The Claptrap of Chiropractic Care (and other pseudoscientific cures)
There is no alternative to medicine. Medicine works, everything else is quackery. Why medicine and "alternative medicine" is a false dichotomy — and a potentially dangerous or even lethal one.
Massage Therapy, however, particularly deep tissue massage, does render an actual attenuation of symptoms, such as soreness, aides in tissue reparation, and palliative pain relief. (The mechanistic nature of relief acceded by massage therapy is multifarious, comparatively complex, and beyond the scope of this exposition; but, it is indeed a proven and effective form of adjunct medical treatment accepted by the A.M.A. and its respective boards.)
Simply put, chiropractic care is a pseudoscience, steeped in metaphysical fatuity and esoteric claims, unfalsifiable, specious holistic assertions, and plain untestable nonsense — and, in many instances, may cause additional harm through arterial lining tears in the neck during cervical vertebrae “subluxation adjustments.” Unfortunately, patient deaths due to stroke, caused by blood clot formations from the arterial tears while undergoing "vertebral subluxation" is documented fact, which the chiropractic community vehemently denies. Chiropractory is akin to homeopathy or faith healing, for example, which have been thoroughly debunked and discredited as effective medical treatments.
The American Medical Association deems the practice of chiropractory an "unscientific cult." Numerous books and countless articles written by epidemiologists, pathophysiologists, immunologists, etc., muckraking journalists and expert skeptics warn of the unscientific and disproved pathophysiological claims of chiropractory. In fact, in 2010, The General Chiropractic Council (GCC) of the United Kingdom released this statement: “The chiropractic vertebral subluxation complex is an historical concept but it remains a theoretical model. It is not supported by any clinical research evidence that would allow claims to be made that it is the cause of disease or health concerns.”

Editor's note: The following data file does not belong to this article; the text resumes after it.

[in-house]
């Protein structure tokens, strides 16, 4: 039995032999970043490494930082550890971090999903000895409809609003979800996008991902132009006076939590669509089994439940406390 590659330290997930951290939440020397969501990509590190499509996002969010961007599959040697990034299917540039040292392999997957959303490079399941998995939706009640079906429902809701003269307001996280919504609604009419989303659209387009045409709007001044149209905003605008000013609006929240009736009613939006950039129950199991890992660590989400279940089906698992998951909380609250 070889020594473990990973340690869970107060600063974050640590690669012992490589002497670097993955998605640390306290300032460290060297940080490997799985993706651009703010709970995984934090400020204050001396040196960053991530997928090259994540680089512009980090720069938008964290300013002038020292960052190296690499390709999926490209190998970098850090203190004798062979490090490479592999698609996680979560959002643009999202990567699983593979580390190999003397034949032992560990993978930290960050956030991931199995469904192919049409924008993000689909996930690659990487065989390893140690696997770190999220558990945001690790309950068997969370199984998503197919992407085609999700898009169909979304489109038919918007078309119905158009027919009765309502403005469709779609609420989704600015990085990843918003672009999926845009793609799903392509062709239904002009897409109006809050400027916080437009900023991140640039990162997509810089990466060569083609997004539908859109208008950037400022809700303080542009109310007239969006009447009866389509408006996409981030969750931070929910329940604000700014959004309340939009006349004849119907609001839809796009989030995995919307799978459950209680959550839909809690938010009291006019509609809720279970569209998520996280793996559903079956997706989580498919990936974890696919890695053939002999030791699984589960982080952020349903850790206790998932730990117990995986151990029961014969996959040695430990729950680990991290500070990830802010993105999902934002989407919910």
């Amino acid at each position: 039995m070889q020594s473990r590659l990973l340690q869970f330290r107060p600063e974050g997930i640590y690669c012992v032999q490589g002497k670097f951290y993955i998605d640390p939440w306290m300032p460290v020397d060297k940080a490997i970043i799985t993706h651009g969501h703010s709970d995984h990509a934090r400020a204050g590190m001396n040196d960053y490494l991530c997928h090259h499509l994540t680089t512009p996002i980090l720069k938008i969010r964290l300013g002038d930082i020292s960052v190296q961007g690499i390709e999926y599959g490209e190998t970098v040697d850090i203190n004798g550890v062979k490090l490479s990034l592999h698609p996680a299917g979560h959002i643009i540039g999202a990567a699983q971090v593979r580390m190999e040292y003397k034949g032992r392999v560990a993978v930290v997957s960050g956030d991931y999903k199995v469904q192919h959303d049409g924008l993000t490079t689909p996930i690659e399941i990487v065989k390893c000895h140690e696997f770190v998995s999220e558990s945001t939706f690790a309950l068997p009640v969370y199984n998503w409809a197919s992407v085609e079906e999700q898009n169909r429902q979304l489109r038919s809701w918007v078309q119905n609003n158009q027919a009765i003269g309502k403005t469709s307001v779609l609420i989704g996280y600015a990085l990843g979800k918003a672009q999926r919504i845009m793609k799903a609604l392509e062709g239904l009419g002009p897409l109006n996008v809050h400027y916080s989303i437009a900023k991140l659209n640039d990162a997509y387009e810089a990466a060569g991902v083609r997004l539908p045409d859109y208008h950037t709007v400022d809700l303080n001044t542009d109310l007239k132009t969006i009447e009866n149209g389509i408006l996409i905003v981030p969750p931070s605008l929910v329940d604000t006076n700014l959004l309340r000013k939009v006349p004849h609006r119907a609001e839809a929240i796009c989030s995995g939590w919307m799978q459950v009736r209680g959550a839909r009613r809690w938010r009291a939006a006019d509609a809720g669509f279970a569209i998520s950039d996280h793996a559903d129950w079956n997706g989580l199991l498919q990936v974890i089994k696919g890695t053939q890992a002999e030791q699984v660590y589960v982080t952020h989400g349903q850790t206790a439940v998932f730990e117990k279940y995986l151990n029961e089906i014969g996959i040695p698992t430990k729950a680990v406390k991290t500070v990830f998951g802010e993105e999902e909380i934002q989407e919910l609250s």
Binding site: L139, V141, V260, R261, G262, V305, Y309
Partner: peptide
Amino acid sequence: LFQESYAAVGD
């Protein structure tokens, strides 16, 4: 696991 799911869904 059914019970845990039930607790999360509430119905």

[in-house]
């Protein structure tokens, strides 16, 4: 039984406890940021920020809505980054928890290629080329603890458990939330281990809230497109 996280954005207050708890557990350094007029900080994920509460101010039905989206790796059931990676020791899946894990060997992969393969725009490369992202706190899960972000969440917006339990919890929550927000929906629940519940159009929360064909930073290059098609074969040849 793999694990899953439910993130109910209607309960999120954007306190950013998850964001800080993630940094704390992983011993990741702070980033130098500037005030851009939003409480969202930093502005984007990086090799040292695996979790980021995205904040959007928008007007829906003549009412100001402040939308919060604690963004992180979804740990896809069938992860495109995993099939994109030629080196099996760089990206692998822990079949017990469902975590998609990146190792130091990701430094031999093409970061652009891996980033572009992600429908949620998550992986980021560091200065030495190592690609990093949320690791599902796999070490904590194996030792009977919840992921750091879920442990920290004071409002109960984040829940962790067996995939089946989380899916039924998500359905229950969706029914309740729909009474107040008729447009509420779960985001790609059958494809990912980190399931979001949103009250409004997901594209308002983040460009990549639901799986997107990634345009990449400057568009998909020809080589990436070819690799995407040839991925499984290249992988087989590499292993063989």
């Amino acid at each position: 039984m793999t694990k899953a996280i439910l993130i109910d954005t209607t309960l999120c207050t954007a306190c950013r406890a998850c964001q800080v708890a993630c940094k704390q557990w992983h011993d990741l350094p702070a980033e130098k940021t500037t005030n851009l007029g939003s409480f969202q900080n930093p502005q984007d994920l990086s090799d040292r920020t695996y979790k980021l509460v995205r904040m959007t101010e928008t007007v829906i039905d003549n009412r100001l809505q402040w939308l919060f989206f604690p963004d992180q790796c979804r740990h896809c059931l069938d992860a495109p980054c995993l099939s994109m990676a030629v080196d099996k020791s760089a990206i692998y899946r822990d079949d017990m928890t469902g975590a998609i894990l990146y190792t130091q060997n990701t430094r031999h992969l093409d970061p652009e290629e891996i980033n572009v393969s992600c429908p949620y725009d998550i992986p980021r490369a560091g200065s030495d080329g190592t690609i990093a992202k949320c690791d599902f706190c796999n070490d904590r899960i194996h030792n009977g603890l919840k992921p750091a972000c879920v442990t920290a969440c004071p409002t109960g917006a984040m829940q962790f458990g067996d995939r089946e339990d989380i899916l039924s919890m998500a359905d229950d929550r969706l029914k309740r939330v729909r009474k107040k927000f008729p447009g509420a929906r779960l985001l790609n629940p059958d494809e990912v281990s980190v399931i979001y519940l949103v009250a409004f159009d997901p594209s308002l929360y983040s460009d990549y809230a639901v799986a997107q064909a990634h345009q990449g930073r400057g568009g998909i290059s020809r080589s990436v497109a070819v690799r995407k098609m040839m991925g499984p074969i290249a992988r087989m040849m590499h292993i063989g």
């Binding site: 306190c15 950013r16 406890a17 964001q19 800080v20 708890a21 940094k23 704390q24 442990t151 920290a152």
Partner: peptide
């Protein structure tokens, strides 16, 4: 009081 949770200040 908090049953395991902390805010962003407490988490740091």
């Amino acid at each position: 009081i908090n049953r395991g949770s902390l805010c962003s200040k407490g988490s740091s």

The founder and original expositor of chiropractic care, D.D. Palmer, was a charlatan, a huckster, and a con man who believed in the healing properties of magnets. He also rejected pharmacology and rebuffed the Germ Theory — the unassailable scientific basis for how pathogenic microbes cause diseases. Sadly, even today, many practitioners of chiropractic care refute the pathophysiological role microorganisms play in illnesses and diseases. Worst still, when Palmer created the Palmer School of Chiropractic in 1897, he considered it a business endeavor and a religion, not a pedagogical institution of medicine.
Indeed, he averred sans any evidence or peer-reviewed analyses, "That all disease was caused by interruptions in the flow of ‘innate intelligence,’ a ‘vital nervous energy or life force’ that represented God's presence in man." No one, to this day, knows exactly what Palmer meant when he made this overt and inscrutable proclamation.
Moreover, as a late 19th century Spiritist, the megalomaniacal Palmer fashioned himself as a messianic medical redeemer, comparing himself in courtroom proceedings to Jesus, Mohammed, and ironically, Joseph Smith, another infamous and contemporary flimflam artist and founder of the Mormon Religion. He further and incredulously proclaimed the techniques of chiropractic care came to him through ethereal “inspiration,” delivered paranormally by a deceased physician putatively named, Jim Atkinson. That’s a lot of woo to swallow from a man who abjured from imbibing proven remedial medications!
In the final analysis, chiropractory is pseudoscientific, svengalian skulduggery, which long ago modern, empirical science and western evidentiary medicine discredited. However, it remains an available “treatment” as an "alternative medicine" not due to its proven, evidentiary-based findings, but through blandished politics, a lack of public education, and simple greed.
Consequently, the established and accredited recommendation is to stick with proven therapeutic or curative methods, such as massage therapy, physical and occupational therapies, and of course modern, empirical medicine. In the best interests of your health and wallet, eschew the fatuous and facile nostrums of chiropractic care and its bogus hokum. After all, doing so just might save your neck and your life.
1. “7 Things You Need to Know About Chiropractic Therapy” — Daniel Florien; http://www.patheos.com/blogs/unreasonablefaith/2009/04/7-things-you-need-to-know-about-chiropractic-therapy/
2. “Trick or Treatment: The Undeniable Facts about Alternative Medicine” — Edzard Ernst and Simon Singh (Oct., 2009); http://www.amazon.com/s/ref=ntt_athr_dp_sr_1?_encoding=UTF8&field-author=Edzard%20Ernst&search-alias=books&sort=relevancerank
4. “Chiropractic's Dirty Secret: Neck Manipulation and Strokes” — Stephen Barrett, M.D.; http://www.quackwatch.org/01QuackeryRelatedTopics/chirostroke.html
5. “Chiropractic” — The Skeptics Dictionary, (online format); http://www.skepdic.com/chiro.html#1
 “Chiropractic is the most significant nonscientific health-care delivery system in the United States.” —William T. Jarvis, Ph.D
. “Claims of Subluxation Causing Disease Prohibited in Great Britain” — (May, 2010); http://www.chiroaccess.com/News/Claims-of-Subluxation-Causing-Disease-Prohibited-in-Great-Britain.aspx?id=0000165